The legal profession is slow to evolve. Recently, reports surfaced of a nationwide shift away from the annual bar exam, that grueling multi-day assessment of legal aptitude, a form in use since 1763. But as a profession, we should be thinking about more than merely overhauling a licensing exam.
Instead, we need to create wholesale change in the way lawyers are trained and qualified. To help correct the systemic lack of representation in this country, law students should be trained to promote social justice in their practice. And their accreditation as lawyers should reflect this training.
Law professor Deborah Archer—also director of the Racial Justice Project at New York Law School—writes of the difficulties she faces teaching her clinic students to effectively litigate issues of inequity, bias, and discrimination in what they see as a post-racial society.
She reports that they have a worldview common among a generation of young lawyers, many of whom appear to believe that, 50 years after the “end” of Jim Crow, we have transcended prejudice.
Similarly, in my civil rights litigation course, most students are earnest, incredibly hardworking and yet skeptical (at least initially) of the gross structural inequities in our country’s criminal justice system.
In a profession that is almost 90% white, with graduating students coming overwhelmingly from the upper socioeconomic tiers, it falls to law schools to pierce such privilege.
The lack of funding for public service positions, both in the federal government and non-profit organizations, is a significant factor contributing to the dearth of legal services for the poor. But there remain viable opportunities to represent the underrepresented.
Many law schools, as well as the federal government, offer loan repayment programs for students who choose to pursue a career in the public interest. Law firms continue to engage in significant pro bono work—though their commitment to the underrepresented can and should be more vigorous, so that young associates are encouraged to provide legal services even at the expense of billed hours. Other creative opportunities for expanding legal representation have emerged in various states, including the creation of “LawyerCorps” programs that pair new attorneys with those in need of lawyers.
Nonetheless, many students are not prepared to provide such services upon graduation. Also, the current bar testing regime provides little incentive for them to learn to litigate in the public interest.
The legal profession is, after all, a vocation grounded both in service to the client and to the elevation of justice in society. The preamble to the Model Rules of Professional Responsibility, which governs legal ethics, states as much: “A lawyer, as a member of the legal profession, is a representative of clients, an officer of the legal system and a public citizen having special responsibility for the quality of justice.”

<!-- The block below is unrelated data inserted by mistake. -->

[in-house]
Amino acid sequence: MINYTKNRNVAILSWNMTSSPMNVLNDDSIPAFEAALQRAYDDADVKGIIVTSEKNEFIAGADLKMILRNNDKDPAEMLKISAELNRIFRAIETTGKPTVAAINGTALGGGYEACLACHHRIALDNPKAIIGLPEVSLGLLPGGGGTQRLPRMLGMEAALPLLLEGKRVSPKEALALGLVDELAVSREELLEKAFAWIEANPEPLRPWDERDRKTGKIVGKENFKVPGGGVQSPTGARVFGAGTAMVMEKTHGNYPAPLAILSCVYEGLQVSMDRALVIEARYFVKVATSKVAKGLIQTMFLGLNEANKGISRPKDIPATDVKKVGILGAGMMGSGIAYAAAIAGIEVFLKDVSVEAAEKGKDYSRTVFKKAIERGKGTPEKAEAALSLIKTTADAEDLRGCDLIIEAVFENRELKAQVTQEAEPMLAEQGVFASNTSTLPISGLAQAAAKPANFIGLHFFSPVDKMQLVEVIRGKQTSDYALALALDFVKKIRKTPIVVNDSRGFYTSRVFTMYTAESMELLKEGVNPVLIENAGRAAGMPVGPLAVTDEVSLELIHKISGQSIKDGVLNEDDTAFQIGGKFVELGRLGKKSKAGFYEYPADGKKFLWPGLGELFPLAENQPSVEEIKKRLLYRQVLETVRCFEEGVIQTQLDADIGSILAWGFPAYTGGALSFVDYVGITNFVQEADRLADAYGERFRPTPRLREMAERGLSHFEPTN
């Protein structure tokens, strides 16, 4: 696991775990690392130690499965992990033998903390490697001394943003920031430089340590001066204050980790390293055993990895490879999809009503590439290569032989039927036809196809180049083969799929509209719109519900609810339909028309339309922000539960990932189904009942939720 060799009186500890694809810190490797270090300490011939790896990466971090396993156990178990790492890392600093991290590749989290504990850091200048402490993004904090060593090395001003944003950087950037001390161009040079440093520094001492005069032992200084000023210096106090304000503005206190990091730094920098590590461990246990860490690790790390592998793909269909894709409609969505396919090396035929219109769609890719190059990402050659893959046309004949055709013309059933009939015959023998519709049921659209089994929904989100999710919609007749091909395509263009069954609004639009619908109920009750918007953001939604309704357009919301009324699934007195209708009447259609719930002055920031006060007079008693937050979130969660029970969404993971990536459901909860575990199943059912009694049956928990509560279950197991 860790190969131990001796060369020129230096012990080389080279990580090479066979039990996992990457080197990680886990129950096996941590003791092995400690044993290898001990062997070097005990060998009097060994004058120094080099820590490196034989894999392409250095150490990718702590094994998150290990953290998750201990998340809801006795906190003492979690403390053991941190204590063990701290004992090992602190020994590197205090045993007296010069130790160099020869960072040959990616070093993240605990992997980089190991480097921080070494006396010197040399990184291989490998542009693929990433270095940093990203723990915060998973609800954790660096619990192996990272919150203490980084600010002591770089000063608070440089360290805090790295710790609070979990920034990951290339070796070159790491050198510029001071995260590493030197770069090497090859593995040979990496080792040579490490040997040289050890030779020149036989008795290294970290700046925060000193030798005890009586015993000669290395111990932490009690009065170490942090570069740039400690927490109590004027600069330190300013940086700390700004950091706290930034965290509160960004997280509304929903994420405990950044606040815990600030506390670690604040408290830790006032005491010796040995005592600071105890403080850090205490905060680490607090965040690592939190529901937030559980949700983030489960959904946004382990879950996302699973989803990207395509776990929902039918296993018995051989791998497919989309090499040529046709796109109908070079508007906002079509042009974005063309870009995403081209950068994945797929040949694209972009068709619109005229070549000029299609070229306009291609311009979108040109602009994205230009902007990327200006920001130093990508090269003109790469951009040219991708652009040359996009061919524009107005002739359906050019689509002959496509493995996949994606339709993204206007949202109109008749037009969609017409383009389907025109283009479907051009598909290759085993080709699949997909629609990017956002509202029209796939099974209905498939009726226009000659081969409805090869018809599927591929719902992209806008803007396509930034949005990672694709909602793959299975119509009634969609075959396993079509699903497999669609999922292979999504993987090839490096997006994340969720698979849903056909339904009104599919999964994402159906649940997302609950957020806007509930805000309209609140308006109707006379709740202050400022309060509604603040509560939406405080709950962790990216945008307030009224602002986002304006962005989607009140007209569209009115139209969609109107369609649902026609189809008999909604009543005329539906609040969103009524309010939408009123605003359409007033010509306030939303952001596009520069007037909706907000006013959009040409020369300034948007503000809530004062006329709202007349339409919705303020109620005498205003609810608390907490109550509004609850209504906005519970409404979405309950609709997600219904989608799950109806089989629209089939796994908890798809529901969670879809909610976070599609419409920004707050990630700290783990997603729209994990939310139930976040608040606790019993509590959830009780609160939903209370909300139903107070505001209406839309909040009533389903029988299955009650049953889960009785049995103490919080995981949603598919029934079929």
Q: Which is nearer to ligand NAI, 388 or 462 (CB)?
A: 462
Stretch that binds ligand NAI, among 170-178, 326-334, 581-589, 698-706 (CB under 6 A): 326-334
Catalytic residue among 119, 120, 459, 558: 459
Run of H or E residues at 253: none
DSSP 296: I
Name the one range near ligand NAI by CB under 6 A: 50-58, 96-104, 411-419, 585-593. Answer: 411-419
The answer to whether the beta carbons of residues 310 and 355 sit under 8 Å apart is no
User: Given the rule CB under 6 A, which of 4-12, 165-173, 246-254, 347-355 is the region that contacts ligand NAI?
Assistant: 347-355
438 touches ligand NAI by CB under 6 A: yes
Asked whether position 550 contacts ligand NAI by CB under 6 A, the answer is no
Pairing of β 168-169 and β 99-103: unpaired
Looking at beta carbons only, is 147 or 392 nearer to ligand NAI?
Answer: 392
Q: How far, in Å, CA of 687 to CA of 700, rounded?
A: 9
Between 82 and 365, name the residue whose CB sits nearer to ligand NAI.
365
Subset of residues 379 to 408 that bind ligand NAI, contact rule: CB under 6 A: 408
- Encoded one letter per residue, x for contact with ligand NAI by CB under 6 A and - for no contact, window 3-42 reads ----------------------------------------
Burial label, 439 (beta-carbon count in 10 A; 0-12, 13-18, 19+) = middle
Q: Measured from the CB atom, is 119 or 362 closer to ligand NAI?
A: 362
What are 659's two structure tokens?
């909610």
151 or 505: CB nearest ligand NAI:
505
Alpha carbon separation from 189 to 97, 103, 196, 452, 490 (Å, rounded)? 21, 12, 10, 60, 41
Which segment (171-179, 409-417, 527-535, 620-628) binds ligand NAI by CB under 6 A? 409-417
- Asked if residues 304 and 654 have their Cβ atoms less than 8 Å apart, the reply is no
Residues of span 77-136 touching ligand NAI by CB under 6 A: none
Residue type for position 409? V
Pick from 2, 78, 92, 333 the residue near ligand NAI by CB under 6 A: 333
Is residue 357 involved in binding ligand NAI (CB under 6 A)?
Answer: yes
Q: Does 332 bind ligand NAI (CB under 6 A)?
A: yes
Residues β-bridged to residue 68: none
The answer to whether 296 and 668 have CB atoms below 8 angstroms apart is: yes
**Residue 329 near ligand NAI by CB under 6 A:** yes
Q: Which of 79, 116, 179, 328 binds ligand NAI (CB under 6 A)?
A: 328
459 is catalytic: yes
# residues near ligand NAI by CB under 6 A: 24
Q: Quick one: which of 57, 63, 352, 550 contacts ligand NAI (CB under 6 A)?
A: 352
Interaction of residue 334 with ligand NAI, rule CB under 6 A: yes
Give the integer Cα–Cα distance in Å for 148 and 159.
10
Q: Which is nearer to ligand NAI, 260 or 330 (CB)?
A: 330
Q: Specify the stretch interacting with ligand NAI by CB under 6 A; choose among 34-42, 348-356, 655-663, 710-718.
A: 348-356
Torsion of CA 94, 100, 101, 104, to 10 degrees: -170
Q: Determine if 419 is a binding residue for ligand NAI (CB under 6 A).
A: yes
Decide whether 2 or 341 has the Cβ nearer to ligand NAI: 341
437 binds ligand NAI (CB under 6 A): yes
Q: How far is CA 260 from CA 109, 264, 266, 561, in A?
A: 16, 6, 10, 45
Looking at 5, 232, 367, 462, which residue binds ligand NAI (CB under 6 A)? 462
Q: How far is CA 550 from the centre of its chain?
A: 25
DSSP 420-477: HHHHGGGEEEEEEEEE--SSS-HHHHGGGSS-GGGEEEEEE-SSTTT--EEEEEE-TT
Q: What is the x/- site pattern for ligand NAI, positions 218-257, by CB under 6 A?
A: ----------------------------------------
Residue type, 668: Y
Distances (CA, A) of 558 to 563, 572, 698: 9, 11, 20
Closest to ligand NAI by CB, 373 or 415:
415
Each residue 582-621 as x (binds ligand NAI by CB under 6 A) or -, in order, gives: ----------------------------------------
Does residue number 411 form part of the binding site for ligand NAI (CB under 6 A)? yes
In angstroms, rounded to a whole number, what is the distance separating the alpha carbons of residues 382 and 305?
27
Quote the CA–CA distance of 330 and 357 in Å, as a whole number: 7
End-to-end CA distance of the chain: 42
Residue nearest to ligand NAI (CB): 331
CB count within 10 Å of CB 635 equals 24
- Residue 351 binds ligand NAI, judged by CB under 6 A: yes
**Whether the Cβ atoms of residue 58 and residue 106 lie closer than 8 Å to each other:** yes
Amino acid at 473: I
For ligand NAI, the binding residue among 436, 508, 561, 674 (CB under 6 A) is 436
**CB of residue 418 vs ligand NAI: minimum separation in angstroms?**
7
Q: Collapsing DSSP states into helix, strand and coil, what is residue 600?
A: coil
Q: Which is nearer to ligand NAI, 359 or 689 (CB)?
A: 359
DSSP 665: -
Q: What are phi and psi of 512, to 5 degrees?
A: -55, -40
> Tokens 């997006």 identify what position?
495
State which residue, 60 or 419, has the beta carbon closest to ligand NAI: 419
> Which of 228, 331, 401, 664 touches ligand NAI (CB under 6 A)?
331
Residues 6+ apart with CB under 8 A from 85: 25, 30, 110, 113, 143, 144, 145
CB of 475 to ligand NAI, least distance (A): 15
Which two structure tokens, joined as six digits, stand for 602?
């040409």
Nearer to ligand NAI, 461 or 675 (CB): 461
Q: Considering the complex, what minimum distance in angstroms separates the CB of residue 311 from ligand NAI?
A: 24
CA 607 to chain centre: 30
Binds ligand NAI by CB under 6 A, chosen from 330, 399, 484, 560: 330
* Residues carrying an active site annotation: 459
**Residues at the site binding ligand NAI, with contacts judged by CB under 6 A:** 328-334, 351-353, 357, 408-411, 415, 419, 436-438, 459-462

This special responsibility has gone by the wayside. We need to impart both the practical skills and social conscience for law school grads to follow through on this responsibility before they leave the hallowed halls of law school.
And by practical skills, I do not mean just those that make graduating students more appealing as hires. There has been a noted rise in the promotion of experiential learning by law schools. Students with applied training (think deposition-taking and presentation in courts for instance) are considered more in-demand by firms where hiring of young associates remains far below pre-recession levels.
But such programs often omit a key component of what should be central to a law school education—instilling dedication to the client, yes, but also a need to promote social justice. That orientation cannot just be learned in doctrinal or simulation courses. They must be taught in real-world environments, like externships, or in a clinic like the one where I teach students to represent real clients.
Students need to be trained that service in the law is not service to self, but to the client and the community. That can be accomplished through a career in direct services or impact litigation, but also in pro bono counseling at a firm.
And we need to simultaneously amend the current accreditation system. It should not rely wholly on a test that measures rote memorization of legal topics rarely used by most in their practice.
Rather, the qualification process should take into account students’ experiences representing those who would otherwise lack counsel. As a positive example, New York now requires 50 hours of pro bono representation for those attorneys seeking admission to the state bar.
Almost 47,000 students graduated from law school in 2013. But there is not a glut of lawyers so much as an imbalance in where those lawyers practice. Promoting training in public service law and qualifying lawyers based on this training will go a long way toward correcting this imbalance.
This is precisely the kind of change the profession as a whole should embrace, and without delay.